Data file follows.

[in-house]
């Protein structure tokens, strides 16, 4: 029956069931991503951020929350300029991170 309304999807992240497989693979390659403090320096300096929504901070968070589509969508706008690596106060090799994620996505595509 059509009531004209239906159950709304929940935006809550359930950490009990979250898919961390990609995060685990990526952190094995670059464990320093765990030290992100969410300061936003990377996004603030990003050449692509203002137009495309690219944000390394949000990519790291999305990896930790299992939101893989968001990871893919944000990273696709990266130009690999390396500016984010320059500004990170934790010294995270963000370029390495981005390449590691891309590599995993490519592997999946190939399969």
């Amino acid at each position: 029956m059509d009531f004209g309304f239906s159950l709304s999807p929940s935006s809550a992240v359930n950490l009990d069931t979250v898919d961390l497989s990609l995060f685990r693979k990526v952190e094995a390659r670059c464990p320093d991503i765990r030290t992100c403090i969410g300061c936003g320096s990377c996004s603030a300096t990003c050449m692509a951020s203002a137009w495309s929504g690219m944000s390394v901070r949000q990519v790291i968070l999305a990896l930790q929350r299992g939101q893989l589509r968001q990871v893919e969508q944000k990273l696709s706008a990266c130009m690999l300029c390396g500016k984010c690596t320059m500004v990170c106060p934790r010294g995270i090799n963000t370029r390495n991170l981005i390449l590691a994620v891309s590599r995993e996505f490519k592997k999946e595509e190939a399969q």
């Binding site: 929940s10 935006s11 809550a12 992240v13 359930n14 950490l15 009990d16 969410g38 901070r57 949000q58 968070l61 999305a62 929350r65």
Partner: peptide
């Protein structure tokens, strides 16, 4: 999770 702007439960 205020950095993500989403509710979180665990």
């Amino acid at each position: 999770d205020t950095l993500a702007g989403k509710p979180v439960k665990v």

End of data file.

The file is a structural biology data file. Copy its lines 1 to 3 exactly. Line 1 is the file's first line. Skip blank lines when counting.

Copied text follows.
[in-house]
């Protein structure tokens, strides 16, 4: 029956069931991503951020929350300029991170 309304999807992240497989693979390659403090320096300096929504901070968070589509969508706008690596106060090799994620996505595509 059509009531004209239906159950709304929940935006809550359930950490009990979250898919961390990609995060685990990526952190094995670059464990320093765990030290992100969410300061936003990377996004603030990003050449692509203002137009495309690219944000390394949000990519790291999305990896930790299992939101893989968001990871893919944000990273696709990266130009690999390396500016984010320059500004990170934790010294995270963000370029390495981005390449590691891309590599995993490519592997999946190939399969």
């Amino acid at each position: 029956m059509d009531f004209g309304f239906s159950l709304s999807p929940s935006s809550a992240v359930n950490l009990d069931t979250v898919d961390l497989s990609l995060f685990r693979k990526v952190e094995a390659r670059c464990p320093d991503i765990r030290t992100c403090i969410g300061c936003g320096s990377c996004s603030a300096t990003c050449m692509a951020s203002a137009w495309s929504g690219m944000s390394v901070r949000q990519v790291i968070l999305a990896l930790q929350r299992g939101q893989l589509r968001q990871v893919e969508q944000k990273l696709s706008a990266c130009m690999l300029c390396g500016k984010c690596t320059m500004v990170c106060p934790r010294g995270i090799n963000t370029r390495n991170l981005i390449l590691a994620v891309s590599r995993e996505f490519k592997k999946e595509e190939a399969q």